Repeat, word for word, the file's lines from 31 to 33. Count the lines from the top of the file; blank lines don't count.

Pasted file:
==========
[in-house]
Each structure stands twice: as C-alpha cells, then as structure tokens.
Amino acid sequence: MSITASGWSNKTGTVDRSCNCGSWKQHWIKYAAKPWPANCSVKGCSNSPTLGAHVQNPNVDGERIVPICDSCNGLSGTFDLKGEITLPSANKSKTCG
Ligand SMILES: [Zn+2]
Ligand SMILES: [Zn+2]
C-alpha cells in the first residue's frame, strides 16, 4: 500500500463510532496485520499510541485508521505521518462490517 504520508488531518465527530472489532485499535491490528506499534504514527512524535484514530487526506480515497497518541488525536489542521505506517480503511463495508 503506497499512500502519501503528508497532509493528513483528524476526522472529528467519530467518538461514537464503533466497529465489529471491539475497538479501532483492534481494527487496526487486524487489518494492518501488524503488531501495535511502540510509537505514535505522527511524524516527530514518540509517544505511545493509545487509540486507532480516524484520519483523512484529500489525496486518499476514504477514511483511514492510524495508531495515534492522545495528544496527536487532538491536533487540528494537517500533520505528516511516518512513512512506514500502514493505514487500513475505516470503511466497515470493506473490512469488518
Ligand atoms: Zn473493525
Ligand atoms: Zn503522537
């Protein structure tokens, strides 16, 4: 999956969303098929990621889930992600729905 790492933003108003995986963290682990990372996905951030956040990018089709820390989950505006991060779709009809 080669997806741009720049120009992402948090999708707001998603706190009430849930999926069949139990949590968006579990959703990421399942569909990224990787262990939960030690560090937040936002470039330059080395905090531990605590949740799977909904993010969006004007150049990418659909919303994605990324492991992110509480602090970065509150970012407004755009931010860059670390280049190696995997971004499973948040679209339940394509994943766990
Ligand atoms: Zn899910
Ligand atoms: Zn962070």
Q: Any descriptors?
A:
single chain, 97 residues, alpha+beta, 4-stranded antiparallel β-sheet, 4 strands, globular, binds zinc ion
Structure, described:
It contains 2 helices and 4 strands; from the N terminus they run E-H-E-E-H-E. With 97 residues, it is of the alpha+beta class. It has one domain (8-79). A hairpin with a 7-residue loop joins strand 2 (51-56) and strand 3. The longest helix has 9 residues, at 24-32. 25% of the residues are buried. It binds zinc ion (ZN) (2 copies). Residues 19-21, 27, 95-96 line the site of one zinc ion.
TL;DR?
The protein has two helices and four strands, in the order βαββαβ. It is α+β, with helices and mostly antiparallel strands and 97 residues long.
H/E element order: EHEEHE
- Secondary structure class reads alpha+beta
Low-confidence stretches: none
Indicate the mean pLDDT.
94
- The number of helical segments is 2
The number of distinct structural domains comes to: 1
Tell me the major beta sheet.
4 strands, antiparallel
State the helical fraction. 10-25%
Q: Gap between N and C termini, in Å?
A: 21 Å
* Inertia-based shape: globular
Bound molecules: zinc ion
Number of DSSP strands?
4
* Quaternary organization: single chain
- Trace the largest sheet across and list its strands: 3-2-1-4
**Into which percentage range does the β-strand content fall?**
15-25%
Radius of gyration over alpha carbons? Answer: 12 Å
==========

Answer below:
* Inertia-based shape: globular
Bound molecules: zinc ion
Number of DSSP strands?